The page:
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Dr M. C. Siff
02-19-1998, 12:41 AM
INTRODUCTORY NOTE

For newcomers, these P&Ps are Propositions, not facts or dogmatic
proclamations. They are intended to stimulate interaction among users working
in different fields, to re-examine traditional concepts, foster distance education,
question our beliefs and suggest new lines of research or approaches to
training. We look forward to responses from anyone who has views or
relevant information on the topics.

PUZZLE & PARADOX 112

Sharing the results of scientific or medical tests with an athlete may be
counterproductive.

This current age of sporting endeavour has in many ways become synonymous
with scientific testing, sports medicine and scientific training. Often this
entails subjecting the athlete to a battery of tests to assess level of 'fitness' and
identify any possible deficiencies. If the athlete is injured, medical assessment
invariably involves preventing the future occurrence of the same or similar
injuries, especially if they appear to be associated with overtraining or
physiological or kinesiological imbalance.

Once these tests have been completed, common practice is to discuss the
results with the athlete and coach, with the objective of improving
performance, facilitating rehabilitation or preventing further injury. The
approach would appear to be that 'knowledge is power' and it undoubtedly
must improve the existing situation. After all, that is what science and
medicine are about: analysis, deduction and imparting information. This
method has led to remarkable advances in science, medicine and technology.
Thus, it would appear to be entirely logical and reasonable to assume that
athletes, teams and coaches must benefit from the results of methodical testing.

However, this approach may in at least one respect have negative effects on the
athlete. While the scientific and medical results collected from any test may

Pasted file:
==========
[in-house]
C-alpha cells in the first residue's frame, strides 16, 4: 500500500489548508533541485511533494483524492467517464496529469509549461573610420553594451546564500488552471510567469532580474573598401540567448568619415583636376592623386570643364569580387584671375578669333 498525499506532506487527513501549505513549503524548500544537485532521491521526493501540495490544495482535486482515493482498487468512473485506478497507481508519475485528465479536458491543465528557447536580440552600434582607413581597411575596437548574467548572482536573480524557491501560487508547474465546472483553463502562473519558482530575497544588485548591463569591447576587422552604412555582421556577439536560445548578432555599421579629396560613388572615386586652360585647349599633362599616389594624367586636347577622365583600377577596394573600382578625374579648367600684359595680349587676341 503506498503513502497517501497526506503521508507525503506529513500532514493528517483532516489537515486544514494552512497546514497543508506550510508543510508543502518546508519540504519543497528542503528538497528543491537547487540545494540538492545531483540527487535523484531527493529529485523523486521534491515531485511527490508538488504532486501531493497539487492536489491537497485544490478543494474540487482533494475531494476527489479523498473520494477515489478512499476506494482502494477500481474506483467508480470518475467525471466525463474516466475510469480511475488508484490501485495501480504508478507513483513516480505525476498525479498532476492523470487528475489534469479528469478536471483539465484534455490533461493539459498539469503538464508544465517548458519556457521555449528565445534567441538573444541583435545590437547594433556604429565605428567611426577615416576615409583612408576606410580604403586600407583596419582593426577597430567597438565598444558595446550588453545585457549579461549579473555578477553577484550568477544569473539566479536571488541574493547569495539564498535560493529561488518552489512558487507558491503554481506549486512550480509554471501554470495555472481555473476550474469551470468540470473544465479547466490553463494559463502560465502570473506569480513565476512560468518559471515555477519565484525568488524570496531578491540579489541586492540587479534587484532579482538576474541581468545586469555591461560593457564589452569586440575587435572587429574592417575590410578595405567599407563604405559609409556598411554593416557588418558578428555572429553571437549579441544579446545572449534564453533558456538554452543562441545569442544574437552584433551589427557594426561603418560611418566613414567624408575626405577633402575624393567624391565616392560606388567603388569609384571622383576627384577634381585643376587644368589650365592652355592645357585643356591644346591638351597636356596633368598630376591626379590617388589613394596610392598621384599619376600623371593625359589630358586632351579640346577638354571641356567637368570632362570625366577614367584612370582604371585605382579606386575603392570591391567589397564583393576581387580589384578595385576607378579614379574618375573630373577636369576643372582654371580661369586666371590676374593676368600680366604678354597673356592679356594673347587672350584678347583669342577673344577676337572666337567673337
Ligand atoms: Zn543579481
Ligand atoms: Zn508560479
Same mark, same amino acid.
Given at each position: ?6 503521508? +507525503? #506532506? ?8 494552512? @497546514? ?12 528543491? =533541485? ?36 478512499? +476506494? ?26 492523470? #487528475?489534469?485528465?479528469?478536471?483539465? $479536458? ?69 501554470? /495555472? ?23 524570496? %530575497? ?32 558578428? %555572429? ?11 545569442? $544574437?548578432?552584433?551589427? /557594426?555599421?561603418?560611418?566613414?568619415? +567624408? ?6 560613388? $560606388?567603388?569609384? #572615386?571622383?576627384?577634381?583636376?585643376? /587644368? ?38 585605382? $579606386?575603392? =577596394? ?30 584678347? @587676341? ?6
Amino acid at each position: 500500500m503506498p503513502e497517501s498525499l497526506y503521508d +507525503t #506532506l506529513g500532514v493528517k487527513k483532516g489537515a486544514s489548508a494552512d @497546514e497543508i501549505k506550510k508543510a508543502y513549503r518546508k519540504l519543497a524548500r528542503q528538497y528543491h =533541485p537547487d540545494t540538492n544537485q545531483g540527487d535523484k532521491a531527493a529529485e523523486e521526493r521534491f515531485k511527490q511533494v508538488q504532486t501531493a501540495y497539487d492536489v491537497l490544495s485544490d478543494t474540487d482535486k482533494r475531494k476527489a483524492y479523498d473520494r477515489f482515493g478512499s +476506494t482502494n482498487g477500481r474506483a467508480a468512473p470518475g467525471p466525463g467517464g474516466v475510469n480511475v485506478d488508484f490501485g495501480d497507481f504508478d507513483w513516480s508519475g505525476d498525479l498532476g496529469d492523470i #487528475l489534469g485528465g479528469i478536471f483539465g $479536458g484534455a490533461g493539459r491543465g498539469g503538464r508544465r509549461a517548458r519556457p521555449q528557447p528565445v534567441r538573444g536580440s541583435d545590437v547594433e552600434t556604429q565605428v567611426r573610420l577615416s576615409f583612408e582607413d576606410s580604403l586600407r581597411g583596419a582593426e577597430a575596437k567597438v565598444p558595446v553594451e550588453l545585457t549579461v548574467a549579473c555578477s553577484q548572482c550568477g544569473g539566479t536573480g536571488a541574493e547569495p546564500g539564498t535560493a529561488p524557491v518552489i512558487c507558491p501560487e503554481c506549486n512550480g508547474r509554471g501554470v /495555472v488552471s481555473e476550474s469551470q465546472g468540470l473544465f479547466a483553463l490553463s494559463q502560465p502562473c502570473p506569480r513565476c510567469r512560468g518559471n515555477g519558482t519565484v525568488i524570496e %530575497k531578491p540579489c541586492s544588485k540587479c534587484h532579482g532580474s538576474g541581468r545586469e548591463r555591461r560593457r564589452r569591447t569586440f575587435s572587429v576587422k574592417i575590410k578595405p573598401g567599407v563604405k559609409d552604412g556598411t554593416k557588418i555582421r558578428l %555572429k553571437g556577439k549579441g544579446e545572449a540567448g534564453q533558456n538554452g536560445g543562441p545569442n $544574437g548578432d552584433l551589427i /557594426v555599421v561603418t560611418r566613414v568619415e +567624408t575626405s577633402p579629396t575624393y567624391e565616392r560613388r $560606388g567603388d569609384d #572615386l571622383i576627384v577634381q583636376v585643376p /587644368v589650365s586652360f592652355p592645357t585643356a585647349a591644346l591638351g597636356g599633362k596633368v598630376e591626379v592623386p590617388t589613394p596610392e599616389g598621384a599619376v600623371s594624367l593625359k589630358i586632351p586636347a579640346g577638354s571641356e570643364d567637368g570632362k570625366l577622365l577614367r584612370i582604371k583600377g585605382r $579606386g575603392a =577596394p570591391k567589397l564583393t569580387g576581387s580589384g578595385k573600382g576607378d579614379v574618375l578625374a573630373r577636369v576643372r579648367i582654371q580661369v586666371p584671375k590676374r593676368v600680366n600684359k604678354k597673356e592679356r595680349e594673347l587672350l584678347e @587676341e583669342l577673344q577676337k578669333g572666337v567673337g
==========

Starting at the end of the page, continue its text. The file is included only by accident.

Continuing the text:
yield objective information on the athlete's condition and what may need to be
done to improve performance, the athlete, on receiving the information, might
interpret them negatively. Whether we like it or not, all 'objective'
information ultimately happens to be interpreted subjectively and ends up
being amplified, attenuated, filtered or distorted by a human receiver.

Thus, when some well-meaning specialist tells the athlete that the isokinetic
tests revealed an imbalance between his two legs, plus an imbalance in the
strength of his knee extensors and flexors, it is quite natural to feel that
'something is wrong' with him. Information that the strength ratio of quadriceps
to hamstrings "should be 60:40", whereas his is 67:33 for the left leg and 70:30
for the right leg, may certainly create the impression that he is abnormal,
deficient or incorrectly trained. In addition, the skinfold tests show that his
bodyfat proportion is 3% too high, his V02 max test shows that it is somewhat
below the 'norm' for successful athletes in the same sport, and so on and so
forth.

It would be naive to assume that the athlete remains emotionally unmoved by
what the scientists have told him so authoritatively. Since they are the
'experts', he has every reason to believe what they say, so it would be unusual